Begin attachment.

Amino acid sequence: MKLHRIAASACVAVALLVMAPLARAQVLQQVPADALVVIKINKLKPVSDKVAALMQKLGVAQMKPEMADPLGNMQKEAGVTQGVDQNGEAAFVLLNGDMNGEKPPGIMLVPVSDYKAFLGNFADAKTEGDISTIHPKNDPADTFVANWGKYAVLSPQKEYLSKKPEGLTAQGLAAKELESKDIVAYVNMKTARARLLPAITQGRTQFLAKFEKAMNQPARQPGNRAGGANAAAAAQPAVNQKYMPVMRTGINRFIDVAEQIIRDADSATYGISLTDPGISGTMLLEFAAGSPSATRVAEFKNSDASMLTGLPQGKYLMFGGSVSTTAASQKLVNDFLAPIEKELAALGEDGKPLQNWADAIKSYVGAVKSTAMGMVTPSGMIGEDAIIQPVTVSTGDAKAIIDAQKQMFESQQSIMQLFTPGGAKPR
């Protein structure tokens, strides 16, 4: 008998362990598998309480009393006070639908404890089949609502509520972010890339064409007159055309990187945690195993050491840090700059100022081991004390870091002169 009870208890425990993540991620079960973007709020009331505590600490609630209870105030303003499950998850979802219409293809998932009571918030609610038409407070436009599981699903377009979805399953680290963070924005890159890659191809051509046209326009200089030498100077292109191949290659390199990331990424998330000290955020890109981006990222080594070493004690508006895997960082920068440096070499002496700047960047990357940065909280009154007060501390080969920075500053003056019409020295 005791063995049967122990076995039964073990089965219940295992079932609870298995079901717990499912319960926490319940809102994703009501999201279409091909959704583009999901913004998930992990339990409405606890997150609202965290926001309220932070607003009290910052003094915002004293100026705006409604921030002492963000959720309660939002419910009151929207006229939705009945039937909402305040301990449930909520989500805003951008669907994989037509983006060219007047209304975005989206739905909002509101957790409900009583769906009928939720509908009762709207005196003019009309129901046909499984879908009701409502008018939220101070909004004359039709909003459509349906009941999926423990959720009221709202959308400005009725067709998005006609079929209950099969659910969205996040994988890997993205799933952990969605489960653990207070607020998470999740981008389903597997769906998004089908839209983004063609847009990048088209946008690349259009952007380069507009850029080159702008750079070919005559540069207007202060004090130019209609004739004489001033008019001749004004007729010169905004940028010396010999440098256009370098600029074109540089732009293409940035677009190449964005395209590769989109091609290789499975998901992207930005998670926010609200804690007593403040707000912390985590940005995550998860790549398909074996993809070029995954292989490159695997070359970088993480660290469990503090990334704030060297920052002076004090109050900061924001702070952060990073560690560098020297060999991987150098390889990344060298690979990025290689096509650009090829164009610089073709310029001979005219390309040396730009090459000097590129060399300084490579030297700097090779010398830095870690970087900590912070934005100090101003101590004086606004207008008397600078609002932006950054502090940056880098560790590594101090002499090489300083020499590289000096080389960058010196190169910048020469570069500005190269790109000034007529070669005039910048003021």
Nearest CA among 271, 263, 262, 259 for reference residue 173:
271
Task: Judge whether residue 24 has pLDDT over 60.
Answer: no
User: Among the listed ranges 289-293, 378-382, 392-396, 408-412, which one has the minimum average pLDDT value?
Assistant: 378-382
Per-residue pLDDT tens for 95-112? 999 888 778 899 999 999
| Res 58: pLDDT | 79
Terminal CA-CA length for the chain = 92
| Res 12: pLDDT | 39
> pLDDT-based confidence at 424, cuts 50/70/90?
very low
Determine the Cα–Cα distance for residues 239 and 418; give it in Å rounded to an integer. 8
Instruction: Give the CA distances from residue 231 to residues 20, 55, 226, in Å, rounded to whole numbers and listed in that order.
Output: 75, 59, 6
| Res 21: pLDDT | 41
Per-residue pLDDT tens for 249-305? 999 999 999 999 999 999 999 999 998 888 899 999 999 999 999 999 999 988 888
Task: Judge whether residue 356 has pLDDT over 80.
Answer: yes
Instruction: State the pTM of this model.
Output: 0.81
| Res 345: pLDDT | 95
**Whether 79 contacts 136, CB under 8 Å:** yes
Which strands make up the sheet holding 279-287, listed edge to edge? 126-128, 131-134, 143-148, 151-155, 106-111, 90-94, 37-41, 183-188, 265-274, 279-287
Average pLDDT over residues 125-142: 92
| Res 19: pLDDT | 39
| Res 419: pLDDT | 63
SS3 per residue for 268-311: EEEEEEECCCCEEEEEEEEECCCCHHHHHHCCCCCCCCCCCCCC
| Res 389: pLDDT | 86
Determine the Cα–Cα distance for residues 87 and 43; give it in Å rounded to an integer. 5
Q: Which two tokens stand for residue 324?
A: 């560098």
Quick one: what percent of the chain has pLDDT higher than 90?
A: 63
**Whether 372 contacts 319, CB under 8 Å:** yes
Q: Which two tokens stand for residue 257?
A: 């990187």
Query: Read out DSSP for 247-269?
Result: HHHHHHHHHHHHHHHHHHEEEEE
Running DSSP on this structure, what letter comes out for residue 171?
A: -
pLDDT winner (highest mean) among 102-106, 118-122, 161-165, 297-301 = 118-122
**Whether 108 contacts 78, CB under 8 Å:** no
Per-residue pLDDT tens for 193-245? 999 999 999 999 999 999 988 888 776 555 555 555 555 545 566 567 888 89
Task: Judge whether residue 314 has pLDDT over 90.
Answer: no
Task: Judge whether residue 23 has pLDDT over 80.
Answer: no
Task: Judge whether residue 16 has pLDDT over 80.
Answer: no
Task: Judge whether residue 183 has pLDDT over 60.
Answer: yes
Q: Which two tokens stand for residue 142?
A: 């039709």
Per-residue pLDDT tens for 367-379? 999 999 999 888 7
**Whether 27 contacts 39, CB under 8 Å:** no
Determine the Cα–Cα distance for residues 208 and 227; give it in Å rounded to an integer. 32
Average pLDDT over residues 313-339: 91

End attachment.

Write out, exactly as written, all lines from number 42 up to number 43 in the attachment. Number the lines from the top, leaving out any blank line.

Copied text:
Running DSSP on this structure, what letter comes out for residue 171?
A: -